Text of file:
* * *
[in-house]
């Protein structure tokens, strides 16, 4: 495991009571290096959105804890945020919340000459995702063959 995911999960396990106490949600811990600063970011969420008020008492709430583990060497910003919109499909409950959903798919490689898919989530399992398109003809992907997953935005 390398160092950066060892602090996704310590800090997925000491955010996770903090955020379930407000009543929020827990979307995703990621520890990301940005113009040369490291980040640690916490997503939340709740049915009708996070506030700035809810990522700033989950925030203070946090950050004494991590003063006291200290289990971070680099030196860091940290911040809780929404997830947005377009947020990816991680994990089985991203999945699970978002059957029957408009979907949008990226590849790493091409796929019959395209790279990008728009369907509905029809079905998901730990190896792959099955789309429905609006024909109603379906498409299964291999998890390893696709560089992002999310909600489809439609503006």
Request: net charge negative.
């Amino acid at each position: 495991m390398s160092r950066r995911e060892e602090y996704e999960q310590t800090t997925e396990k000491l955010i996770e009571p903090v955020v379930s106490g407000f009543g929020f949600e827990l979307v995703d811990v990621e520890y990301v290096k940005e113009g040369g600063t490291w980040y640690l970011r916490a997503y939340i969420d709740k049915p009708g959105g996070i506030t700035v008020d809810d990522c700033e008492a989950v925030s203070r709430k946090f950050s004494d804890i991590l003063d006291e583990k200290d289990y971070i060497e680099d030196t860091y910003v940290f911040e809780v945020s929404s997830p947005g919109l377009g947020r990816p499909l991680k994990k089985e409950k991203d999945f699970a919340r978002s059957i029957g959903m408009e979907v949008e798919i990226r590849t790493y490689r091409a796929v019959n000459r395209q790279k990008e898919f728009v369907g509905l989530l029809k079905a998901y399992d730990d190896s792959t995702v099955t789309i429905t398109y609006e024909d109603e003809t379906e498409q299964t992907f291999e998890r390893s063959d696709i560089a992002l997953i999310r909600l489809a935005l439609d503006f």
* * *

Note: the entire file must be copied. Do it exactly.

[in-house]
């Protein structure tokens, strides 16, 4: 495991009571290096959105804890945020919340000459995702063959 995911999960396990106490949600811990600063970011969420008020008492709430583990060497910003919109499909409950959903798919490689898919989530399992398109003809992907997953935005 390398160092950066060892602090996704310590800090997925000491955010996770903090955020379930407000009543929020827990979307995703990621520890990301940005113009040369490291980040640690916490997503939340709740049915009708996070506030700035809810990522700033989950925030203070946090950050004494991590003063006291200290289990971070680099030196860091940290911040809780929404997830947005377009947020990816991680994990089985991203999945699970978002059957029957408009979907949008990226590849790493091409796929019959395209790279990008728009369907509905029809079905998901730990190896792959099955789309429905609006024909109603379906498409299964291999998890390893696709560089992002999310909600489809439609503006």
Request: net charge negative.
């Amino acid at each position: 495991m390398s160092r950066r995911e060892e602090y996704e999960q310590t800090t997925e396990k000491l955010i996770e009571p903090v955020v379930s106490g407000f009543g929020f949600e827990l979307v995703d811990v990621e520890y990301v290096k940005e113009g040369g600063t490291w980040y640690l970011r916490a997503y939340i969420d709740k049915p009708g959105g996070i506030t700035v008020d809810d990522c700033e008492a989950v925030s203070r709430k946090f950050s004494d804890i991590l003063d006291e583990k200290d289990y971070i060497e680099d030196t860091y910003v940290f911040e809780v945020s929404s997830p947005g919109l377009g947020r990816p499909l991680k994990k089985e409950k991203d999945f699970a919340r978002s059957i029957g959903m408009e979907v949008e798919i990226r590849t790493y490689r091409a796929v019959n000459r395209q790279k990008e898919f728009v369907g509905l989530l029809k079905a998901y399992d730990d190896s792959t995702v099955t789309i429905t398109y609006e024909d109603e003809t379906e498409q299964t992907f291999e998890r390893s063959d696709i560089a992002l997953i999310r909600l489809a935005l439609d503006f």